OrangeTee reported that a total of 1,795 luxury homes were sold in Q2, representing the highest quarterly sales since the all-time peak of 1,876 units recorded in Q4 of 2010. The remarkable sales performance is credited to the launch of several luxury projects in the Core Central Region (CCR), including Irwell Hill Residences, One Bernam, and Park Nova. Additionally, some developers initiated sales promotions to drive interest and sales for specific units.

Among the top-selling luxury projects were Irwell Hill Residences (332 units), Hyll on Holland (85 units), One Bernam (81 units), Leedon Green (54 units), Fourth Avenue Residences (46 units), D’Leedon (24 units), Pullman Residence Newton (22 units), 8 Saint Thomas (22 units), Midtown Modern (22 units), Royalgreen (21 units), and The Avenir (21 units).

OrangeTee’s data reveals that the overall average price of non-landed luxury homes in CCR experienced a marginal dip of 1.4%, from $2,347 per square foot (psf) in Q1 2021 to $2,314 psf in Q2 2021. While the average price of new non-landed homes slipped by 2.2%, resale non-landed homes saw a 0.9% decline over the same period.

A noteworthy trend in both prime landed and non-landed residential properties is the growing demand for larger spaces. Knight Frank’s data indicates a preference for larger floorplates to accommodate both living and working within the comfort of homes. The demand for larger non-landed homes in prime districts has notably increased.

In H1 2021 alone, the prime non-landed residential segment witnessed a flurry of deals amounting to $2 billion, marking the highest sales since H2 2010 when luxury market sales totaled approximately $2.4 billion. Rebounding from the recession induced by the pandemic last year, the sales activity in H1 2021 doubled the amount registered in the latter half of 2020 and surpassed the total transacted in the entire year of 2020, which was $1.7 billion.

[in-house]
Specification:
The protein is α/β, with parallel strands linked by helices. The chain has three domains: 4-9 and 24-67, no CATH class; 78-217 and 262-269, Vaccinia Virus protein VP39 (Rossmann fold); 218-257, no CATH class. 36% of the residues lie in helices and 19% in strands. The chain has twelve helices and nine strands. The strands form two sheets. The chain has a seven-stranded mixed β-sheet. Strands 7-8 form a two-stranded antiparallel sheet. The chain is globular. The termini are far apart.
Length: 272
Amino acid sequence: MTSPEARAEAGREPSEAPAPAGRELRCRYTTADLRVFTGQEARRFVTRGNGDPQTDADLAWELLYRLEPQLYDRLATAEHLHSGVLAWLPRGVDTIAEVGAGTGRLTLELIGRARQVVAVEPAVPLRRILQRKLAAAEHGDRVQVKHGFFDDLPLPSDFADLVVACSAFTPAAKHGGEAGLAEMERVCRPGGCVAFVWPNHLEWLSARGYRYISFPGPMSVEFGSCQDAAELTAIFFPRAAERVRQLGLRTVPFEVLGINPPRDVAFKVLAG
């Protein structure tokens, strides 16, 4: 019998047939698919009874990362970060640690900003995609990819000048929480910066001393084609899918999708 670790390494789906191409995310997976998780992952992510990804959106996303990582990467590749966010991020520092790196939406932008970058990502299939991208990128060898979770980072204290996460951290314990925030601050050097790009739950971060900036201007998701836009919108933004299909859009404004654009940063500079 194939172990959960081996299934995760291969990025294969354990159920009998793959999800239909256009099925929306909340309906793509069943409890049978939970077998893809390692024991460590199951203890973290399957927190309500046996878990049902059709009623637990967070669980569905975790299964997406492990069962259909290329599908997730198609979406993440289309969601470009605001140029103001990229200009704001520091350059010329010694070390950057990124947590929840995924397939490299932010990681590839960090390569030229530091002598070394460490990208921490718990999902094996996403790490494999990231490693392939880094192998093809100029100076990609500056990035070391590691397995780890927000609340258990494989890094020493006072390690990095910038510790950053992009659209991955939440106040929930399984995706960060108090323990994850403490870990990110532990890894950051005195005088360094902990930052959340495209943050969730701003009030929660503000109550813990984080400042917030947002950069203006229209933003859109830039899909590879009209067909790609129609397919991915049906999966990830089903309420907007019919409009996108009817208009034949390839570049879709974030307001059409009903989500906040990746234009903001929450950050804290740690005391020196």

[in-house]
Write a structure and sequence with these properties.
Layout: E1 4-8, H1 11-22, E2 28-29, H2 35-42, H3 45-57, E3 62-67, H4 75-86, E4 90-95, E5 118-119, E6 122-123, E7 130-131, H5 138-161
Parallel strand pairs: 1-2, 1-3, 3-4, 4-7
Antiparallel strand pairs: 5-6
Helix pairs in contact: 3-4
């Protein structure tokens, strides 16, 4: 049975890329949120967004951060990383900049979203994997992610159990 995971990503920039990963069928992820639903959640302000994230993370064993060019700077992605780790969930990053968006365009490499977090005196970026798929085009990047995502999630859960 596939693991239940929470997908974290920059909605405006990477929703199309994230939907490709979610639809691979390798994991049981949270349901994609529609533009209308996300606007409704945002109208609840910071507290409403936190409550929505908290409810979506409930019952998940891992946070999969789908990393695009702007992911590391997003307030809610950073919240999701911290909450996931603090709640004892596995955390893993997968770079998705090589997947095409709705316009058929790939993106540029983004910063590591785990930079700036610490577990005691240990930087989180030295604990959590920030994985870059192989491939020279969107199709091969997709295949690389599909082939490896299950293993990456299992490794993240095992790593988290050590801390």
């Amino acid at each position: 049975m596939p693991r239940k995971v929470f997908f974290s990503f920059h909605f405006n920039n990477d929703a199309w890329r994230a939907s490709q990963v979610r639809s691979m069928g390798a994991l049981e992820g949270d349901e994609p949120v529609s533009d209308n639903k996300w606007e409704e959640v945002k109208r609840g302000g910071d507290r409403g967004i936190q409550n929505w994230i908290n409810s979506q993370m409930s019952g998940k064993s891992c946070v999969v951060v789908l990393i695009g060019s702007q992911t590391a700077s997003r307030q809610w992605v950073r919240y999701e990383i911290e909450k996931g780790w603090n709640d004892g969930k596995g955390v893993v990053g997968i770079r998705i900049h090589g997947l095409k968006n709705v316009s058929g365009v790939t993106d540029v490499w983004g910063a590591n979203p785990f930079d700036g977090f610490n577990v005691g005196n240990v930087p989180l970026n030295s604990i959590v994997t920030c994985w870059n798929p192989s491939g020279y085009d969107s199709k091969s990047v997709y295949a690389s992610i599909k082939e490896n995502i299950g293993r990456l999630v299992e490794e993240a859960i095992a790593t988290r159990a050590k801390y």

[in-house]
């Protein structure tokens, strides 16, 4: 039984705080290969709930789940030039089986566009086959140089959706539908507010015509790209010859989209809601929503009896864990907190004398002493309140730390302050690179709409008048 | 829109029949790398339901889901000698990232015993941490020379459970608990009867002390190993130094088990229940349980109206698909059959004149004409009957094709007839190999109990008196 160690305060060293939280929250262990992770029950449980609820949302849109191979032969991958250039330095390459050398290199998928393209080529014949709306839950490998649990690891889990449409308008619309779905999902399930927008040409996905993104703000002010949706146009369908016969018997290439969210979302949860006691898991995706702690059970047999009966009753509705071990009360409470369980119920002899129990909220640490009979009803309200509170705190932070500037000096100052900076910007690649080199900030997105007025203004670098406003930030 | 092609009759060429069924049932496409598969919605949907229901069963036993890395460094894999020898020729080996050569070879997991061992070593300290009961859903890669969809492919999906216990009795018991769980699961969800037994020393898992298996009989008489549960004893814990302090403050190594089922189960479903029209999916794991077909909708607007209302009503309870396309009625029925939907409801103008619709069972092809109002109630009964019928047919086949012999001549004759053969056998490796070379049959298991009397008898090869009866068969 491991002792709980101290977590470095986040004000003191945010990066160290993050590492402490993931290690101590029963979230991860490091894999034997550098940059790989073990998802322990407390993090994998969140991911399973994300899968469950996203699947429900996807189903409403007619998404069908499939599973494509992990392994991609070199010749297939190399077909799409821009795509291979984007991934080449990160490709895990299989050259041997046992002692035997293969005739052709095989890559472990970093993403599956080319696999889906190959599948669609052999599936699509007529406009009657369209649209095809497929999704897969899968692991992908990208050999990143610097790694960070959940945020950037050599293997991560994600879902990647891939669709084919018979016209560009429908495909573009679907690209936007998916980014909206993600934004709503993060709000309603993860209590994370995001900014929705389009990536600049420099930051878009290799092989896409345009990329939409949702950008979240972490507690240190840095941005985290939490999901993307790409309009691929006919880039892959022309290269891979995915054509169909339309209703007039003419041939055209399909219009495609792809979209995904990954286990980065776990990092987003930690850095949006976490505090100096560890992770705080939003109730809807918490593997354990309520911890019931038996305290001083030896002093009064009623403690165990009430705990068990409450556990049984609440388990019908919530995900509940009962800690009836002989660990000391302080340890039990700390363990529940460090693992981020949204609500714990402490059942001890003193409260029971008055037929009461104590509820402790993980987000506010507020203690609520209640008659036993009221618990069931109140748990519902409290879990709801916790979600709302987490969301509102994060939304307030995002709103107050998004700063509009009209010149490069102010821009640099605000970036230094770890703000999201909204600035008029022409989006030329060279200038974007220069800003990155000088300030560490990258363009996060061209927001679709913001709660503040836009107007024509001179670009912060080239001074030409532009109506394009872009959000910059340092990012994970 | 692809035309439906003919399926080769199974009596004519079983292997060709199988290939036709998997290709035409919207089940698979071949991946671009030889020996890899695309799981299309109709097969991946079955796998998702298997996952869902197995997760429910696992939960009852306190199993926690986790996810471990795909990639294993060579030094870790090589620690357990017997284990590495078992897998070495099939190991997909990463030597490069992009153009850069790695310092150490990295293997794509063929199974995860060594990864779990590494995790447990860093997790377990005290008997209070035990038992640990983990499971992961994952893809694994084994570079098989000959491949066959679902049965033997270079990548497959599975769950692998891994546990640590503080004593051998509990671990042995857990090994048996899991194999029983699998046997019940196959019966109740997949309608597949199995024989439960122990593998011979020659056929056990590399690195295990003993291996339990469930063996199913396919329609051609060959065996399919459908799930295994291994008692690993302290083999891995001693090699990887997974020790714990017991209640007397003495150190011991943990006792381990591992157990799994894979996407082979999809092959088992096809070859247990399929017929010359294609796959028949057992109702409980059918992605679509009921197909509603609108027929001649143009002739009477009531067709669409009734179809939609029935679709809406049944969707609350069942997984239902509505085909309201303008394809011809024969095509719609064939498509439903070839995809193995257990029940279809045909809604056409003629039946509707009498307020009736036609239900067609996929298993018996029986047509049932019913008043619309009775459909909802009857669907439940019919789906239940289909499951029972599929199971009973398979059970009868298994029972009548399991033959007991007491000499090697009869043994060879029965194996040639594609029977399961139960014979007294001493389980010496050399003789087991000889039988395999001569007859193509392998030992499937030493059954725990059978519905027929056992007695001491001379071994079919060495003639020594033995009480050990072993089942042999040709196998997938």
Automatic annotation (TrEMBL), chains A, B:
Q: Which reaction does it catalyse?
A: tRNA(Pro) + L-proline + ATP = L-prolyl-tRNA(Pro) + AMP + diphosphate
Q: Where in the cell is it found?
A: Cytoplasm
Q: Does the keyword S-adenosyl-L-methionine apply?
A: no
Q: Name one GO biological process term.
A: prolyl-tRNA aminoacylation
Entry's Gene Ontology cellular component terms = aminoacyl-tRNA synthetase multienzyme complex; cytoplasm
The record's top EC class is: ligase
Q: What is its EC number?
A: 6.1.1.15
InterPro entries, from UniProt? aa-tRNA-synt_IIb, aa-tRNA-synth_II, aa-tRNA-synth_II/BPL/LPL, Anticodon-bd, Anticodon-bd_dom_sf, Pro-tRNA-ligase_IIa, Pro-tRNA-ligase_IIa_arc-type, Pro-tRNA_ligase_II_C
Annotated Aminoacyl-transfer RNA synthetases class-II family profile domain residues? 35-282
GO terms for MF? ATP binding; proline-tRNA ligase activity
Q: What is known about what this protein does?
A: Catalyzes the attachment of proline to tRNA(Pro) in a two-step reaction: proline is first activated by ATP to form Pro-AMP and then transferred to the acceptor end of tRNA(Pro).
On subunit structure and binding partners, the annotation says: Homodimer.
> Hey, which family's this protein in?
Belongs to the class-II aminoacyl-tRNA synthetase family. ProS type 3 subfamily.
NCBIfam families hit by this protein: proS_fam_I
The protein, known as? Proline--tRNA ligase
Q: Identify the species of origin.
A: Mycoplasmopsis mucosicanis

Contributing significantly to the upsurge in luxury residence demand are foreign millennials in Singapore. PropertyGuru’s latest Consumer Sentiment Study (CSS) revealed that one in three millennials in Singapore (32%) aspires to purchase a luxury property in the long run, with the majority citing this investment as a reliable long-term opportunity (66%).

This confluence of factors paints a resilient picture for Singapore’s luxury real estate market, defying expectations and indicating a robust trajectory for the remainder of the year.

Projections for Singapore’s Real Estate Market: A Path to Recovery

While the real estate market experienced a slowdown in Q2, industry analysts are optimistic that, barring unforeseen circumstances, the market is poised to recover by the end of 2021.

CBRE’s Song highlights the resilience of the market, stating that the year-to-date (YTD) tally has already reached over 80% of 2020’s full-year take-up. Predicting a surge in new developer sales, Song expects the figures to reach around 11,000 units, surpassing 2020’s 9,982 units. With a year-to-June price increase of 4.1%, CBRE Research anticipates private home prices to rise by 6.0% to 8.0% for the entire year, contingent on the absence of unforeseen circumstances.

KF Singapore’s Tay supports this positive outlook, emphasizing that the market will continue to be buoyed by genuine demand from sectors that benefited economically from the pandemic, such as technology and pharmaceuticals, as well as certain Housing and Development Board (HDB) upgraders.

Tay projects an increase in private residential prices within the range of approximately 7% to 9%, with rents expected to rise by 5% to 8% throughout 2021.

OrangeTee’s Sun adds an interesting dimension, forecasting that total resale volume will surpass the figures recorded in 2019 and 2020. Sun suggests that buyers seeking affordable homes may increasingly turn to the resale market in suburban regions or selected city fringe areas. The estimated resale volume for this year is expected to range between 17,000 to 18,000 units, surpassing the total resale volume in both 2019 and 2020.

PropertyGuru Singapore’s Tan observes a clear trend of rising property prices across both the private and HDB markets. However, Tan notes that prices have remained relatively stable, with no major corrections.

Given the likely affordability of mortgage rates in 2021, driven by their close correlation to federal reserve rates and the expectation that interest rates will be kept near zero until 2023, Tan anticipates positive momentum in both property demand and supply.

Additionally, he highlights the government’s stance, shared during a media briefing on the Monetary Authority of Singapore (MAS) Annual Report on June 30, 2021, stating that they “do not think the market is overheated right now.” This sentiment diminishes the likelihood of property curbs in the current year. Overall, the collective insights indicate a positive trajectory for Singapore’s real estate market, pointing towards recovery and sustained growth in the coming months.

Greg Swanson
Greg Swanson